How Do You Prepare for Uncertain 2013 Tax Rates?

Inez Bowie | November 7th, 2012

As we approach the end of 2012, there is much uncertainty regarding tax legislation. Tax rates, exemptions, credits and deductions are likely to change for both businesses and individuals, but no one yet knows which of the predicted changes will really come to pass. How do you prepare for this uncertain future? Take advantage of the 2012 rates while you still can and plan for contingencies in 2013 and beyond.

2013 Tax Changes

For the remainder of 2012, we have some pretty favorable estate, gift and generation-skipping transfer (GST) tax provisions. The estate tax and GST tax exemption is currently $5.12 million and the lifetime gift tax exemption is also $5.12 million. The top estate, gift and GST tax rate is currently 35 percent. Unless Congress acts to extend the 2010 Tax Act provisions (the so called “Bush-era tax cuts”), they are set to expire December 31, 2012. What does that mean?

Without legislation, the estate, gift and GST tax laws will revert to their state prior to the 2010 Tax Act. On January 1, 2013 the exemption will drop to $1 million(indexed for inflation) for estate, gift and GST tax purposes. Also, the top tax rate will return to 55 percent.  The combination of the increased rates and decreased exemptions means that Uncle Sam will get a significantly bigger piece of wealth transferred in 2013 than in 2012.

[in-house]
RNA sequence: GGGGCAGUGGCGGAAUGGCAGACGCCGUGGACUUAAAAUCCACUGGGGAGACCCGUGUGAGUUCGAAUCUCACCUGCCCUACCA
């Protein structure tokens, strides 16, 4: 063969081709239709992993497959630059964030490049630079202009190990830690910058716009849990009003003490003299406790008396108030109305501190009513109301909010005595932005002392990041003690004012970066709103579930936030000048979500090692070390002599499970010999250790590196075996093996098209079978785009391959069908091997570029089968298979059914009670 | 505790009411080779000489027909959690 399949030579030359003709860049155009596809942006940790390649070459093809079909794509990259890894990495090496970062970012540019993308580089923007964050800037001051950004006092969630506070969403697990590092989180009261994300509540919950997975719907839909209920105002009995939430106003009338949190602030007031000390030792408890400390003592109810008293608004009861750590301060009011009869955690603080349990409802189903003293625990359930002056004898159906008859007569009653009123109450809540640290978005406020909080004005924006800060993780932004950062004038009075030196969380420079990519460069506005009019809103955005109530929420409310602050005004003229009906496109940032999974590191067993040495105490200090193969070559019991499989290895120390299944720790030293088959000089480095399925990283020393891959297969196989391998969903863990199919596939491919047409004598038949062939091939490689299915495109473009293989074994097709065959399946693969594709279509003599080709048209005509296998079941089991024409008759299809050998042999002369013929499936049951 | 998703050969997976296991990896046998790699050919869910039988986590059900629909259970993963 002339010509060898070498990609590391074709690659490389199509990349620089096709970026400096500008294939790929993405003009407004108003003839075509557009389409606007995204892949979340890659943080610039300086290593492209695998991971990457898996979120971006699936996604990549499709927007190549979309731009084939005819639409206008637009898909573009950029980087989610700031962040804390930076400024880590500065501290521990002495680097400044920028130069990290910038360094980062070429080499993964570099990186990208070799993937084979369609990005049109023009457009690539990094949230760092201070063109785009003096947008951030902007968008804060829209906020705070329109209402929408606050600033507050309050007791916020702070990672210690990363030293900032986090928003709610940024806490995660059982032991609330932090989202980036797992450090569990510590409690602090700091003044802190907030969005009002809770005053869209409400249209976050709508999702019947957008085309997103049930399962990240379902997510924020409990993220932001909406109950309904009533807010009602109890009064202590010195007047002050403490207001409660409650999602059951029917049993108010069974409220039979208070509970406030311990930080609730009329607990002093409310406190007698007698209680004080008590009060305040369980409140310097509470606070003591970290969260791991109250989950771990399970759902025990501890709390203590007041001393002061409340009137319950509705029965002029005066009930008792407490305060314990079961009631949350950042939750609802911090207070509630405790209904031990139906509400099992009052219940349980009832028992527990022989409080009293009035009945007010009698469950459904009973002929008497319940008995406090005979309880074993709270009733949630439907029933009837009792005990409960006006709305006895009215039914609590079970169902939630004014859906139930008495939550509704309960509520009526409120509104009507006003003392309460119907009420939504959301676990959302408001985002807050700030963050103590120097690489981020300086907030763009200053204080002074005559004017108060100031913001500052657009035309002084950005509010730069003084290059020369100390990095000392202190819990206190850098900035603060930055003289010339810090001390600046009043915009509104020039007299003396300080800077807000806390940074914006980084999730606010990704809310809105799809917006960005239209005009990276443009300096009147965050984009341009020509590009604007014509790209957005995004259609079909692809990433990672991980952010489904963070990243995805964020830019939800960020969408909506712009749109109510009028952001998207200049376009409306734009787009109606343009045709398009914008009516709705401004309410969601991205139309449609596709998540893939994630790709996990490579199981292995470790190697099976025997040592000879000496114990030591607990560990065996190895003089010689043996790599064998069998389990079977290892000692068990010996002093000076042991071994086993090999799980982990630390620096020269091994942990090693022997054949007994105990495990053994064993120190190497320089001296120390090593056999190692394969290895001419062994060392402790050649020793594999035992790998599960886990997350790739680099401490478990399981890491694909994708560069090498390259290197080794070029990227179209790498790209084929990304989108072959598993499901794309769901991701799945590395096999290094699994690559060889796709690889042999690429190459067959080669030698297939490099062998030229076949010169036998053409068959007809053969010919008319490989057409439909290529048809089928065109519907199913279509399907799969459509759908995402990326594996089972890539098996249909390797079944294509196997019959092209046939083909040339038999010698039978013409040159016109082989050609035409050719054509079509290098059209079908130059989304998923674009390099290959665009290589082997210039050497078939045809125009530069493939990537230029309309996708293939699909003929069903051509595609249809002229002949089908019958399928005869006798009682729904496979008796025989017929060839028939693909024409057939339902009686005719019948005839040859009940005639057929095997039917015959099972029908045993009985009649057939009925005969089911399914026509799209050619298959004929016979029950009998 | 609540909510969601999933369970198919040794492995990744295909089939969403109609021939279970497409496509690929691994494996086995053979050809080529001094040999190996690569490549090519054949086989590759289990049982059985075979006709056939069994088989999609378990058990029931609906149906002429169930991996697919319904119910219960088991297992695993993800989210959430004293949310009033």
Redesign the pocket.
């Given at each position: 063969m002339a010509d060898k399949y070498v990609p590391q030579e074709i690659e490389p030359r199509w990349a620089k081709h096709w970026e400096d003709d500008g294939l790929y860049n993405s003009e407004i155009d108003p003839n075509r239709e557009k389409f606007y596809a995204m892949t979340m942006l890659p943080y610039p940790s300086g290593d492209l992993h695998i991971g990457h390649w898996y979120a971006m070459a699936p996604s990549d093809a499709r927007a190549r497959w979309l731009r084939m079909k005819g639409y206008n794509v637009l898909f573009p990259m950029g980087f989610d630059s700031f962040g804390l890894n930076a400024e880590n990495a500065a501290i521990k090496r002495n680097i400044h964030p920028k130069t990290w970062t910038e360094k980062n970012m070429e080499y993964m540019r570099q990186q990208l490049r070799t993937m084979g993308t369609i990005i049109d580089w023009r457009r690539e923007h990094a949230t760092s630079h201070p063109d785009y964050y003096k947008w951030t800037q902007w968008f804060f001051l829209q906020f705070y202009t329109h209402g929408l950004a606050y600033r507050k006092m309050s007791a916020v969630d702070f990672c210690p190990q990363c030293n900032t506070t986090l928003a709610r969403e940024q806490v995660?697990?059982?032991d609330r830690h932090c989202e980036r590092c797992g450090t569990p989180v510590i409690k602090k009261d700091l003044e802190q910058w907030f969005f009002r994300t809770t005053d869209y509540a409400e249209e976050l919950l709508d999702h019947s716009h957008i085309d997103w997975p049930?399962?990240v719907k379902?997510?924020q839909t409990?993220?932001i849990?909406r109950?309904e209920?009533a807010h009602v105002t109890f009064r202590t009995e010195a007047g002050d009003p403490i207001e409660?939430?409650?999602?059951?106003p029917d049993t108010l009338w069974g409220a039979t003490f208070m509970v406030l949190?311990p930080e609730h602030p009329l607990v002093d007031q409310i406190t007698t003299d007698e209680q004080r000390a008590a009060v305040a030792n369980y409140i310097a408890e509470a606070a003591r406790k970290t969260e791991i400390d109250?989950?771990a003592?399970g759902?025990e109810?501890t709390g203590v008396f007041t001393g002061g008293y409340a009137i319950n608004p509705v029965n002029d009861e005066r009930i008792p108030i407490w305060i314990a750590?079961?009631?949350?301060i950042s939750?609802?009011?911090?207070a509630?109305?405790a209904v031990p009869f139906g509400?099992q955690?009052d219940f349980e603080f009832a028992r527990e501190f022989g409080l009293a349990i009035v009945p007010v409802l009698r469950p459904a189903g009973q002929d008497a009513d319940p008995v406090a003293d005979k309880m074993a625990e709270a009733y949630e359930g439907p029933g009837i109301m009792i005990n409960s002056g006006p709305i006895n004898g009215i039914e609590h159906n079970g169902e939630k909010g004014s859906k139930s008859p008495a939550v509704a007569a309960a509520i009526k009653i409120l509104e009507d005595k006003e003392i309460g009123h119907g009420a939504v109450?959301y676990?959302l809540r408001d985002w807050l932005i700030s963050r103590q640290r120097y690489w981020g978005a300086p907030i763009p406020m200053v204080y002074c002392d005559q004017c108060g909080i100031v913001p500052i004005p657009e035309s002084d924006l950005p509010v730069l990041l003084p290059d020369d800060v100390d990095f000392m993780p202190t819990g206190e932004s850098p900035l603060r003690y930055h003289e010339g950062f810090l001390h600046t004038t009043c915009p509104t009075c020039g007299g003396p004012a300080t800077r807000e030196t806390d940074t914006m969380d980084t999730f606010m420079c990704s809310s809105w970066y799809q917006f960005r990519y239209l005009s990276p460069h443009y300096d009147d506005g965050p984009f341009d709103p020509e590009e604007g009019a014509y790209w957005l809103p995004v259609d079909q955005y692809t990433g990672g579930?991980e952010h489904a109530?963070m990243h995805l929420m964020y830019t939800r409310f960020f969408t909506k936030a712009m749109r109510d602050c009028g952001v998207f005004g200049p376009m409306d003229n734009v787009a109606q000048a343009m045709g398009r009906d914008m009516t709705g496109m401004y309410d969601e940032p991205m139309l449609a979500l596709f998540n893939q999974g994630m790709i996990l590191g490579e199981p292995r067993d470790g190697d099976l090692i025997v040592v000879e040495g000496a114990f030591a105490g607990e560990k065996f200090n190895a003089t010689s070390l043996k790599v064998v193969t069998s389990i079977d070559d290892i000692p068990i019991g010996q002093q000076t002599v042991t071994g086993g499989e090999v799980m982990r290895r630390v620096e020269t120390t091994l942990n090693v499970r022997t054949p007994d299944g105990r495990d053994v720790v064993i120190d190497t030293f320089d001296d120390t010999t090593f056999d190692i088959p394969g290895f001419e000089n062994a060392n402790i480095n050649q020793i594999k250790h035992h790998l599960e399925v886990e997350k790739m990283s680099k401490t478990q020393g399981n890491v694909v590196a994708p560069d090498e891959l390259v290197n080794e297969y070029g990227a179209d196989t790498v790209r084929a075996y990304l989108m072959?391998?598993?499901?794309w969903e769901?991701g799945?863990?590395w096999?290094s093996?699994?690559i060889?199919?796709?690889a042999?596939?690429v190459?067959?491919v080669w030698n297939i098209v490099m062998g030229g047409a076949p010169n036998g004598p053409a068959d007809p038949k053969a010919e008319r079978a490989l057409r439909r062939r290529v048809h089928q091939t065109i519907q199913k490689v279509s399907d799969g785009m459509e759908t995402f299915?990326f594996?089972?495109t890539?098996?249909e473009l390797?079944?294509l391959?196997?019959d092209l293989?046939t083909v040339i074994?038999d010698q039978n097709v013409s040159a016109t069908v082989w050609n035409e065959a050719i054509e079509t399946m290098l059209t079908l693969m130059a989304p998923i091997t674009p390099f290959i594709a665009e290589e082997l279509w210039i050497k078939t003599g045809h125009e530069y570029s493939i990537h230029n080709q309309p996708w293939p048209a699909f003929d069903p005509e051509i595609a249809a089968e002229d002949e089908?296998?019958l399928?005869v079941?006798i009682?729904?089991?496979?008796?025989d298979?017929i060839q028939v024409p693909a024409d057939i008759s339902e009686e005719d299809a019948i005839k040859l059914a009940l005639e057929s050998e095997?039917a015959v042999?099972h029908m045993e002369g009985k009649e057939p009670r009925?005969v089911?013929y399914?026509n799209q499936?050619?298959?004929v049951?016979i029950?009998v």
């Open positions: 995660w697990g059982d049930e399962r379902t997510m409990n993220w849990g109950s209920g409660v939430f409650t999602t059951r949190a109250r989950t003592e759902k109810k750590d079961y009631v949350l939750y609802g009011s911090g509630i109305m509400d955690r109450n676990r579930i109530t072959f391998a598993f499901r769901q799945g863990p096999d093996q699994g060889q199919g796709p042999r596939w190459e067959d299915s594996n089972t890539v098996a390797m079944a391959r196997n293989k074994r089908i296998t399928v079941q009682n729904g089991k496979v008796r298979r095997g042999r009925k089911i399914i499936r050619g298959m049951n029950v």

2012 Tax Planning Tips

Your challenge for the remainder of 2012 is to take advantage of planning opportunities that may have a limited lifespan. You should definitely review your current estate planning documents. The potential tax law changes for 2013 may change things and you’ll want to make sure your estate plan still meets your goals. You should also consider:

  1. Annual exclusion gifts. The benefits of making $13,000 annual exclusion gifts should not be underestimated.
  2. Tuition and medical expense payments. Tuition payments made directly to an educational organization are not treated as taxable gifts, and neither are  payments made directly to a medical care provider for a person’s medical care.
  3. Lifetime gifts. With the $5.12 million gift exemption for 2012, individuals who have the resources to do so should consider giving away substantial amounts of property without incurring gift tax. There are planning techniques to get the biggest bang for the exemption. For example, valuation discounts and fractional interest discounts may allow you to remove more of the asset from your estate.
  4. Taxable gifts. For high net worth individuals, making large taxable gifts at a 35 percent tax rate versus a potential 55 percent tax rate may make sense.
  5. Charitable giving techniques. If you have charitable intentions, the low interest rate environment provides for favorable planned giving techniques such as Charitable Lead Trusts.

Currently, these tax breaks are a “use it or lose it” opportunity.  Although the future is uncertain, they might not be there in 2013.

Ohio Estate Tax Planning

In some ways, the estate tax is a voluntary tax. Those who plan pay a minimum amount of estate, gift and GST tax. Those who fail to plan pay more. Want to limit your payment of these voluntary taxes?  Contact Rea & Associates.  Our Ohio tax planning professionals help families and business owners protect and preserve their wealth.  Contact us today to put these limited time tax savings opportunities to work for you.

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